Wednesday, August 30, 2006

Fog inhibits diurnal convection

Today's satellite image and animation for the tri-state area of Wisconsin, Iowa, and Minnesota shows a prime example of the power of sun-heated land. There is a pool of colder air aloft in the western Great Lakes that by itself isn't enough to cause instability. But add heating from the Sun at ground level and the gradient is enough to produce convection and clouds.

A fog bank was present overnight and into the middle of the day over the tristate region, as seen in this morning image. The fog was burned off by the sun but it took until the early afternoon to do so and kept the ground cooler. Ergo, no cumulus where the fog was earlier.

This animation is during the afternoon as the bank slowly dissipated, leaving a kidney-shaped hole in the cumulus field.

Friday, August 25, 2006

An animation of Pluto

Pluto as seen at Ryerson Observatory, University of Chicago, five years ago. Click on the link to see the apparent motion of Pluto against the background stars.

Zelia parallax

Two astronomers were imaging the same globular cluster at the same time, from a continent apart, when an asteroid passed in front. Combining their images by time shows the powerful concept of parallax in astronomy:

The asteroid (er, I'm sorry, Small Solar System Body), was about 100 million kilometers from Earth when the images were taken.

Images taken by Adam Block, Daniel Versatche, and Bill Patterson.

Thursday, August 24, 2006

IAU and the planet definition

The IAU has passed a resolution about what to define as a planet, and the previously maligned idea of a "dwarf planet" came back to win. The public will think dropping Pluto as a planet is somehow a bad thing despite the illogical definitions required to keep it as a planet. I leave it to Astronomy Blog to mention the details. I believe most astronomers will just ignore the issue and call objects by what they want to. Witness the fact that the term "asteroid" has been unofficially removed, replaced by "minor planet", then today replaced by "Small Solar System Body", except everyone still uses the term asteroid.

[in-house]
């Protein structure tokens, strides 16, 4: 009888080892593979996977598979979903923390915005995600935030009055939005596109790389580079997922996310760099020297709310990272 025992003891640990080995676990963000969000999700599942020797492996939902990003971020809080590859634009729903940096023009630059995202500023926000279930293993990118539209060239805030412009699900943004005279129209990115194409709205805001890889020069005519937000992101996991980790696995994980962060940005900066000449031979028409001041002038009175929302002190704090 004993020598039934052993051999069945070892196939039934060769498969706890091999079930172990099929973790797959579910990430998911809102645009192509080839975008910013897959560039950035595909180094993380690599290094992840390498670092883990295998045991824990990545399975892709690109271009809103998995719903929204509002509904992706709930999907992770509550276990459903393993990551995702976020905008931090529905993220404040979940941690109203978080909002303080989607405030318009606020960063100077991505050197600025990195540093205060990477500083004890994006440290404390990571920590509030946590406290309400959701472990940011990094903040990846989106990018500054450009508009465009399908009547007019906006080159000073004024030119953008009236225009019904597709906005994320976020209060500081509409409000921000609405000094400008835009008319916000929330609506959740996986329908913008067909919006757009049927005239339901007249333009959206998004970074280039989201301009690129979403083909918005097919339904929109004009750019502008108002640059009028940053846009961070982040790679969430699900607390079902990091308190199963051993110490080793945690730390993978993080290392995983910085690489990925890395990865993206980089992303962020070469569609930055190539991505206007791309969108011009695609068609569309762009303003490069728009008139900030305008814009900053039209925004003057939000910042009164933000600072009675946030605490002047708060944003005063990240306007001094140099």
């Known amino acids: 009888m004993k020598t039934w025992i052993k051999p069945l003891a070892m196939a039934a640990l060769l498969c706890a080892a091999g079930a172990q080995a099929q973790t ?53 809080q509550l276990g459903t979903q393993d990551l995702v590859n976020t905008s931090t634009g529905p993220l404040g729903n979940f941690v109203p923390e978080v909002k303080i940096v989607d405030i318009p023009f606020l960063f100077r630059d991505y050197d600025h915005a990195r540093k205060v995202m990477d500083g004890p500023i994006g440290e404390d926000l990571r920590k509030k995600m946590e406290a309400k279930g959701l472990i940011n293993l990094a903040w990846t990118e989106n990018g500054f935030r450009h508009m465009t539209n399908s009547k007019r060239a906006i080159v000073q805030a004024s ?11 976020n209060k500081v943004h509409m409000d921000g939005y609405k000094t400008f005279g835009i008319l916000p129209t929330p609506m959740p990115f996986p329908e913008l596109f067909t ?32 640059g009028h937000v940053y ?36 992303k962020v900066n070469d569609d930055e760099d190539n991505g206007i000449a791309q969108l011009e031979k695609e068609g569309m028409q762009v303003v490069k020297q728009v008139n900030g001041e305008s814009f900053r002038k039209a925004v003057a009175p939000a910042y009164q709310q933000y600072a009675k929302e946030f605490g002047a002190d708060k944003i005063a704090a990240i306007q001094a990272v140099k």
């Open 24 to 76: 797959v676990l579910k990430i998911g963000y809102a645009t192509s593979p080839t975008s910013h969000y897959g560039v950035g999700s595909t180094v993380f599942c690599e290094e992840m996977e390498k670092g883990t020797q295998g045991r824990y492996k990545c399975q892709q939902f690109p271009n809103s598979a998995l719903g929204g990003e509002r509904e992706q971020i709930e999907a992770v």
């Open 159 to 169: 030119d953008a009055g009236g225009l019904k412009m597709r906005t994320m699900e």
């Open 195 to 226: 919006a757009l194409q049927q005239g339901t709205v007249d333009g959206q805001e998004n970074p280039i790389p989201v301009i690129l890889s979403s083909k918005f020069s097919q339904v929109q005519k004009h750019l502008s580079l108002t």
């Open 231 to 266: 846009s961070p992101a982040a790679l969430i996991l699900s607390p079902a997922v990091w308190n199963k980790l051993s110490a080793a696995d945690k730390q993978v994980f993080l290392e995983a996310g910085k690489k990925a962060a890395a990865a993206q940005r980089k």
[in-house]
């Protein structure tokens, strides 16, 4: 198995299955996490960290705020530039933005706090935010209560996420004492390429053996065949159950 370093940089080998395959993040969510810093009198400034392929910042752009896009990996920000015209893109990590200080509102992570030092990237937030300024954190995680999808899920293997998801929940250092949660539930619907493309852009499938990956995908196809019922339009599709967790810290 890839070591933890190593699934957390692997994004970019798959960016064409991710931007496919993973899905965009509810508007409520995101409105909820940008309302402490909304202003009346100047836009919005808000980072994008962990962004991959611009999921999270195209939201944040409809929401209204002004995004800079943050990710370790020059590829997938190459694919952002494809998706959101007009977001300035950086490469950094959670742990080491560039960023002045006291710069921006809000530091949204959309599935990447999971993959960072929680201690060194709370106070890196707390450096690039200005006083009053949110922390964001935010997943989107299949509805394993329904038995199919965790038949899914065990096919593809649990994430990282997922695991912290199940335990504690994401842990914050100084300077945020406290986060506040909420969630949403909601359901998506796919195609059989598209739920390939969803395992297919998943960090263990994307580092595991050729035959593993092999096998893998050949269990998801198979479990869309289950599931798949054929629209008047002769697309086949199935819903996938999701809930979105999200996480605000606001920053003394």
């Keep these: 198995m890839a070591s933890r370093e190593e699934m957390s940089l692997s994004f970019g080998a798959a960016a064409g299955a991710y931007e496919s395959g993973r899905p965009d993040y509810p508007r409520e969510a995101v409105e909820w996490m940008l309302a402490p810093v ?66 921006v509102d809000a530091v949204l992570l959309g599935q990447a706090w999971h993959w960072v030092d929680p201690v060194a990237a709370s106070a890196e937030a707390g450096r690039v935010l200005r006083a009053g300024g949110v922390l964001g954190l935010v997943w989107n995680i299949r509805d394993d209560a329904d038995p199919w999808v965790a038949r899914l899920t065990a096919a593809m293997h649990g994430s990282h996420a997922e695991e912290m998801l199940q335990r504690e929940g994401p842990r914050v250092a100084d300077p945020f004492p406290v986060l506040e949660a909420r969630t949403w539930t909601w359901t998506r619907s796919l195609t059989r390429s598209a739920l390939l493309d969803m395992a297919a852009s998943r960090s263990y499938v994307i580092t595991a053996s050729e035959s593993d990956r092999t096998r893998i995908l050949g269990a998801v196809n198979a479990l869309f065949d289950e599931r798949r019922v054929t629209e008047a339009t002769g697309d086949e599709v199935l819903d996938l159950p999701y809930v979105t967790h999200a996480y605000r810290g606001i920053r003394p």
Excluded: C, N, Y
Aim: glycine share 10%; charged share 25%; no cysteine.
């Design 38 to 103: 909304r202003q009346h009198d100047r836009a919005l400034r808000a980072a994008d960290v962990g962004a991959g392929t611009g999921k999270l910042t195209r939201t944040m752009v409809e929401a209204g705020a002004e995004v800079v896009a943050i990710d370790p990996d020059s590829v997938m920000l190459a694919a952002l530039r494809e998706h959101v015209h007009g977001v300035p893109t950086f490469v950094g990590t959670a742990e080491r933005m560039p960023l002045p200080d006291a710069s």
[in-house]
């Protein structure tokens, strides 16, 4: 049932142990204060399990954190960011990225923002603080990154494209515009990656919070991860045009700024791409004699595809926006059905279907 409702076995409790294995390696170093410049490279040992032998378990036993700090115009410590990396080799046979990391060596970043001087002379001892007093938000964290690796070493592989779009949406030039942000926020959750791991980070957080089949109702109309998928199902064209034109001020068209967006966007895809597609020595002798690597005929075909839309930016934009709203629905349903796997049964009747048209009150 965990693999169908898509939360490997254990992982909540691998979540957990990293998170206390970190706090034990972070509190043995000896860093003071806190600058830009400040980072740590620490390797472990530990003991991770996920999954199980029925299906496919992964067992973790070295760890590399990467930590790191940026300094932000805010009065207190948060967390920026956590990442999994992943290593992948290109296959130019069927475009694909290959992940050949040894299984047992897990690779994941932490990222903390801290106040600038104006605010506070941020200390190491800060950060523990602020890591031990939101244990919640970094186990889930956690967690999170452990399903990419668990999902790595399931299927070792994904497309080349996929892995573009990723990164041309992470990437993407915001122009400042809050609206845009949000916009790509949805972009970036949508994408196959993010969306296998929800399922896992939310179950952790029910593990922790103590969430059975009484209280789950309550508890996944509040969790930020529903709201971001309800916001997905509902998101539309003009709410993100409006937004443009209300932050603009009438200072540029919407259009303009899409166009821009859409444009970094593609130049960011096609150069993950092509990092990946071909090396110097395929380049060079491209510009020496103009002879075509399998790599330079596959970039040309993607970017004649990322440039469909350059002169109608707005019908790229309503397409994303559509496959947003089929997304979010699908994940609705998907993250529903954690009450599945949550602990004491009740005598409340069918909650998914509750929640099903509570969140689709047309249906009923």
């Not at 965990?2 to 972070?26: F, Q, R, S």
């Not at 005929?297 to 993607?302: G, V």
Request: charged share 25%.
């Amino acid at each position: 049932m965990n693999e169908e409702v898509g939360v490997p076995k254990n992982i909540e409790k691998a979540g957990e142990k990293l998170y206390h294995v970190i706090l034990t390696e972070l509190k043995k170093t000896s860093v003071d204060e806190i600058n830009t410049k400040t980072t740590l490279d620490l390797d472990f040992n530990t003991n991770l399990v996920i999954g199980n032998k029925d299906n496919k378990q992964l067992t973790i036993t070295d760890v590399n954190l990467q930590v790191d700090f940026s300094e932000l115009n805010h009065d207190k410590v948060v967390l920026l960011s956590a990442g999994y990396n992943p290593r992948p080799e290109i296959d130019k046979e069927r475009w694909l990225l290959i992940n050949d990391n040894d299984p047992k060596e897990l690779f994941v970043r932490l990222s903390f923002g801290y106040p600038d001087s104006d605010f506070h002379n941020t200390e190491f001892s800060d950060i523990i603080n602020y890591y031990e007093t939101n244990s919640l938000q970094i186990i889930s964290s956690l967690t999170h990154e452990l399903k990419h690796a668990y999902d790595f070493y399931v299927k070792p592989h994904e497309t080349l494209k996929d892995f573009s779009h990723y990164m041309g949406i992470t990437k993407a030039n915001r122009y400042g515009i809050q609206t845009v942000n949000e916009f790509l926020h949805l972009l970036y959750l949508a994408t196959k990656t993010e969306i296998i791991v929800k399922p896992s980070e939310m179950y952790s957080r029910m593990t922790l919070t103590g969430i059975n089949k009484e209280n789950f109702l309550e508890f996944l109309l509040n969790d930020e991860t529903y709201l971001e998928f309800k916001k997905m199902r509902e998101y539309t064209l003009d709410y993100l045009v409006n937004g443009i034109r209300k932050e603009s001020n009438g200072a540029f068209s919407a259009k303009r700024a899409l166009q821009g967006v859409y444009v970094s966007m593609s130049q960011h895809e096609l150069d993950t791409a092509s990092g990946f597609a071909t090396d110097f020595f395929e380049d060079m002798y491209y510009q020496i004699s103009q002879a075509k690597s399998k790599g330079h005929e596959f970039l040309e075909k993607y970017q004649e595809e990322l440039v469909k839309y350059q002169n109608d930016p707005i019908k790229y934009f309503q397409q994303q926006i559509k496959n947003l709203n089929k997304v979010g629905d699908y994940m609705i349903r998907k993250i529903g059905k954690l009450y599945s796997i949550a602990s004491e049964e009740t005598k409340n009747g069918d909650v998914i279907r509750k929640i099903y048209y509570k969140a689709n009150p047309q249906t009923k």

Wednesday, August 23, 2006

Amateur nuke detectors

Wired is reporting on a group that built their own scintillation detector to look for radioactive cargo in San Francisco, to compete with Homeland Security.

With sodium iodide (and other inorganic crystals), a gamma-ray will interact with one of the electrons bound deep inside one of the atoms and liberate it, producing an electron with some energy, plus an X-ray with the excess energy of the reaction. The photoelectron can then interact with normally bound electrons in the crystal, liberating them into what is called the "conduction band" and allowing them to migrate through the crystal. They and the positively-charged hole can move around until they meet with an impurity in the crystal. This can, if the impurity is chosen correctly, cause a fluorescence of visible photons. In sodium iodide, Thallium is added as the impurity at about 1 part per thousand. While a great scintillator, NaI(Tl) is expensive and absorbs water.

Certain organic molecules will also directly fluoresce when given excess energy from these passing photoelectrons or other energetic charged particles. Certain plastics can also be used: in fact, polystyrene, a very cheap material, can be used.

Once visible photons are produced, they are measured via a photomultiplier tube or other light-measuring device.

The amount of visible photons developed in these materials is directly proportional to the energy of the original gamma-ray. This is great, as you can detect precisely what radioactive decay was responsible for the gamma-ray, and therefore what radioactive element you may be looking at.

You can see a terrestrial gamma-ray map of the United States here. They separate out three common radioactive that are present in nearly all rocks and soils via this proportional energy measurement. A more detailed description of airborne radioactivity mapping is here.

Friday, August 18, 2006

Geologist causes a ruckus

Canadian geologist violates Danish sovereignty.
Bloggers might write reams and reams about Israel and Lebanon, but what might really cause an international dispute is Canada and Denmark!

Green Gabbro has the best link title for this story.

Cell phones, terrorists, and Tuscola County, Michigan: update

I see that prosecutors are indeed trying to cover their ass in the embarrassing Tuscola County, Michigan case in Caro.